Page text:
Junot Daz
Photograph: Ben GoldsteinJunot Daz

Washington Heights



In the late 20th century, immigrants from the Dominican Republic transformed Washington Heights into a boisterous, close-knit community with a distinctive Latin vibe. Now, new generations are making the neighborhood their own, injecting a bit of downtown cool into the uptown flavor that has long made the Heights a nightlife destination.

In the late 20th century, immigrants from the Dominican Republic transformed Washington Heights into a boisterous, close-knit community with a distinctive Latin vibe. Now, new generations are making the neighborhood their own, injecting a bit of downtown cool into the uptown flavor that has long made the Heights a nightlife destination.

RECOMMENDED: Full guide to Washington Heights, NYC

Junot Daz, author, The Brief Wondrous Life of Oscar Wao

"I like [to go dancing at] classic spots like Arka—I'm an old man, what can I say? The DJ throws it all on, from [bands like] Palo to Man. But Serie 56 is also hype. I went there with a tux one night—don't ask—and I danced my cuffs off. Every night it's like a national celebration in there, like we've just won a huge war or have all been set free or something. And then I finish everything off with a trip to one of the chimi trucks. If I got it in me, I'll trek over to the Patacn Pisao [truck] and stand in that fucking line."
Arka Lounge, 4488 Broadway at 192nd St (212-567-9425, arkalounge.com) * Serie 56, 4448 Broadway at 190th St (212-304-4394) * El Patacn Pisao, 202nd St between Ninth and Tenth Aves (718-899-8922)

"My goddaughters have turned me on to Patacon Con To, and I'm obsessed with their yo yo. No way to explain it except to say: Imagine a sandwich with maduros for the bread. It's ridiculously good, and an artery-buster for sure. But I'm also going to plug 809 for its atmosphere, and this new spot, Corcho, which is chill and smart. Then there's Altus Caf on Broadway, which really is vying for the gold. We have a lot of young, savvy restaurateurs from the neighborhood opening up venues in the Heights. They got feet in multiple worlds, and their chefs are reinventing the Latin restaurant—I mean, shit, our people are cooks in nearly every type of restaurant, so it's not a surprise to see influences on the menus from all across the globe. Mama's home cooking has traveled downtown, to the Continent, to Asia and back, and we are all the beneficiaries. These new restaurateurs are making it so you don't have to go downtown for a sharp meal or hip company."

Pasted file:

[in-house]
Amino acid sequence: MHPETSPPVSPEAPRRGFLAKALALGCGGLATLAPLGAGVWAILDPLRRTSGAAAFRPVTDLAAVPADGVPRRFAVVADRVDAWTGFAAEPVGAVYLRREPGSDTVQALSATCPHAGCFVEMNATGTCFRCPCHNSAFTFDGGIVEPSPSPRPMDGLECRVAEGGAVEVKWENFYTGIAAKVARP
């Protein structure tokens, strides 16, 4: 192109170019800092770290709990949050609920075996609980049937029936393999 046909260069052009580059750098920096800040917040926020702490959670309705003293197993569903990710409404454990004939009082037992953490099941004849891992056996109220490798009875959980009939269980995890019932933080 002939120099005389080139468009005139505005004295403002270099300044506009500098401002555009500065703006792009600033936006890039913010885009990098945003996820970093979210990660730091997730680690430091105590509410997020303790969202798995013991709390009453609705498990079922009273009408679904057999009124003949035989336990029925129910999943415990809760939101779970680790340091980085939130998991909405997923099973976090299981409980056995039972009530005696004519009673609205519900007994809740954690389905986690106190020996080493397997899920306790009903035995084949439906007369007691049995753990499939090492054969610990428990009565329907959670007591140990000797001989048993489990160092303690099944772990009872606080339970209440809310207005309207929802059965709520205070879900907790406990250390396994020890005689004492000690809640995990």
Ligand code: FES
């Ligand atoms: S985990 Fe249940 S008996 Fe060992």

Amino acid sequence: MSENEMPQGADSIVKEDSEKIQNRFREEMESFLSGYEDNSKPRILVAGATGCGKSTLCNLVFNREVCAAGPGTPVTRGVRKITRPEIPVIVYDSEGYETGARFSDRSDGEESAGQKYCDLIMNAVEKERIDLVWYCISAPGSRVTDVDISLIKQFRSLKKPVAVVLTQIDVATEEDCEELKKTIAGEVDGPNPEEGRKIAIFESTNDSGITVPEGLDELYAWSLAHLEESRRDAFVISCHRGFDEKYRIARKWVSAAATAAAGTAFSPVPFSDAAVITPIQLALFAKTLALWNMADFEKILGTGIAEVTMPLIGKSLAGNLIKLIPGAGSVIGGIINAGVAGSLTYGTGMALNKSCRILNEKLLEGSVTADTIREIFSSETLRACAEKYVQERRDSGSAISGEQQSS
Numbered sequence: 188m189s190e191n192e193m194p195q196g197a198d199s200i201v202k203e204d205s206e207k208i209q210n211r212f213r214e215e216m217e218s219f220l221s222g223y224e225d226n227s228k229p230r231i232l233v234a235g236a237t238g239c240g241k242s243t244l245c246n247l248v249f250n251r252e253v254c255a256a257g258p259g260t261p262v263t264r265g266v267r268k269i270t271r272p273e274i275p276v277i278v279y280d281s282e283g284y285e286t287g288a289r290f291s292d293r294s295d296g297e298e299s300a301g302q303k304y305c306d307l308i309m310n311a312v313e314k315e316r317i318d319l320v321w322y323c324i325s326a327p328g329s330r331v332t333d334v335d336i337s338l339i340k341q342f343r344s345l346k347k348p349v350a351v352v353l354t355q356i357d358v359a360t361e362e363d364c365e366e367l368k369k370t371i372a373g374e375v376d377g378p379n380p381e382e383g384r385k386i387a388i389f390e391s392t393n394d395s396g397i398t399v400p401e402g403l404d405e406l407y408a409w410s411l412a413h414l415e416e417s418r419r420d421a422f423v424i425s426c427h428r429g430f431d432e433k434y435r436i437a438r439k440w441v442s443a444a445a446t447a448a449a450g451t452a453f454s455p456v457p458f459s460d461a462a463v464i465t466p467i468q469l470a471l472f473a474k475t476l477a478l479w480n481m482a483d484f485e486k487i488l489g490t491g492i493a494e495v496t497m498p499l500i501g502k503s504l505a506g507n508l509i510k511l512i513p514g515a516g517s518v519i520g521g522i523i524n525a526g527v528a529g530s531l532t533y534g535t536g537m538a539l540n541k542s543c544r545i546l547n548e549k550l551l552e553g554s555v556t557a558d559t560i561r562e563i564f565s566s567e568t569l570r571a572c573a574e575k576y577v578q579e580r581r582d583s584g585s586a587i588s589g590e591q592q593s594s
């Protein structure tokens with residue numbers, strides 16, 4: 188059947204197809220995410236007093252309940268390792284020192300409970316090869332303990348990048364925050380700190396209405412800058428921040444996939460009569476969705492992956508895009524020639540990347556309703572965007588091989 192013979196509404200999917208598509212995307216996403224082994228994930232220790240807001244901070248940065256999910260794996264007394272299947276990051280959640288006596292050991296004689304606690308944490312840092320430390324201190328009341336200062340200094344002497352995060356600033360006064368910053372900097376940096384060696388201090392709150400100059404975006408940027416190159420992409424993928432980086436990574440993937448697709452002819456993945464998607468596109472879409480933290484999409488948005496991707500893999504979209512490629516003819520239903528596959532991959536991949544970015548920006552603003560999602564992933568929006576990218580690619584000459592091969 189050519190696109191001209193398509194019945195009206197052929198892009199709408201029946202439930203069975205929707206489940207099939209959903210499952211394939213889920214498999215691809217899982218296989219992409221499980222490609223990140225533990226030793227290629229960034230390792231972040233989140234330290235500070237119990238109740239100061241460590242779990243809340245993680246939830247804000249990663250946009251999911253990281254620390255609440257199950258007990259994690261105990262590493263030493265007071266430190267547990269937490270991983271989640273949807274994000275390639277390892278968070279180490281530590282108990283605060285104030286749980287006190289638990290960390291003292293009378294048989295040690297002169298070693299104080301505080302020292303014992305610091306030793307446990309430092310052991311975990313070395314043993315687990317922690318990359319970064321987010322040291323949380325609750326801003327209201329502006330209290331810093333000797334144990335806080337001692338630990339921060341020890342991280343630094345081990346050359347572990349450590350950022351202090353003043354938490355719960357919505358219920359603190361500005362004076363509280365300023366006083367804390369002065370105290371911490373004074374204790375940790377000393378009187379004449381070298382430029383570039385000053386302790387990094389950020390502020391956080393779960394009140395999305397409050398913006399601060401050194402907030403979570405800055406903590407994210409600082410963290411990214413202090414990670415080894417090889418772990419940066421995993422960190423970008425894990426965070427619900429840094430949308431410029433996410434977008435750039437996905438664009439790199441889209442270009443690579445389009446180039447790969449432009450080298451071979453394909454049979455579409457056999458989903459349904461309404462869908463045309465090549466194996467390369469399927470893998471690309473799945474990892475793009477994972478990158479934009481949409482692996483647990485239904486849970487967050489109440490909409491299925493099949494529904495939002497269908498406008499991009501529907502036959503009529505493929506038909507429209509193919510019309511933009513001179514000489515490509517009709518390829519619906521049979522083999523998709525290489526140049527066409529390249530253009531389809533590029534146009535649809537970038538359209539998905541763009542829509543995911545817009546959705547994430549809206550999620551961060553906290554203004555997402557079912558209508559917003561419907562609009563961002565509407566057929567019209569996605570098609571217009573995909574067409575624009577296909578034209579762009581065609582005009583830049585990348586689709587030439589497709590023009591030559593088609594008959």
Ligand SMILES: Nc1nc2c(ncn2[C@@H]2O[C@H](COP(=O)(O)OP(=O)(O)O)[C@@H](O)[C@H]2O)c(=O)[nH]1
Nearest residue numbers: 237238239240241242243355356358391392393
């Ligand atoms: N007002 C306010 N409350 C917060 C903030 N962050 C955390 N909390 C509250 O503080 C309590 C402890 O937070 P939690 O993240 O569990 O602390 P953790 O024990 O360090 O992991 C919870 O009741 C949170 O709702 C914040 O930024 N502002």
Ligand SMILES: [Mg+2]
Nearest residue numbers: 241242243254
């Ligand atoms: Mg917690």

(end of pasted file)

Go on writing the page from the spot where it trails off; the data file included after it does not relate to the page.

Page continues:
Patacon Con To, 4195 Broadway at 178th St (212-568-7575) * 809 Sangria Bar and Grill, 112 Dyckman St between Nagle and Post Aves (212-304-3800, 809restaurant.com) * Corcho Wine Room, 227 Dyckman St between Broadway and Seaman Ave (212-203-3371, corchowineroom.com) * Altus Caf, 4325 Broadway between 184th and 185th Sts (212-928-1367, altuscafe.com)

"181st Street and Audubon is the heart of the Dominican community. That's where you can see, feel, hear, taste and share the stupendous human energy of a people being changed by a culture, and changing that culture in turn. This is the energy that made America. To be immersed in it is to touch the United States' raw, protean core. Some people are put off by the masses, by the noise, by the garbage. I'm not."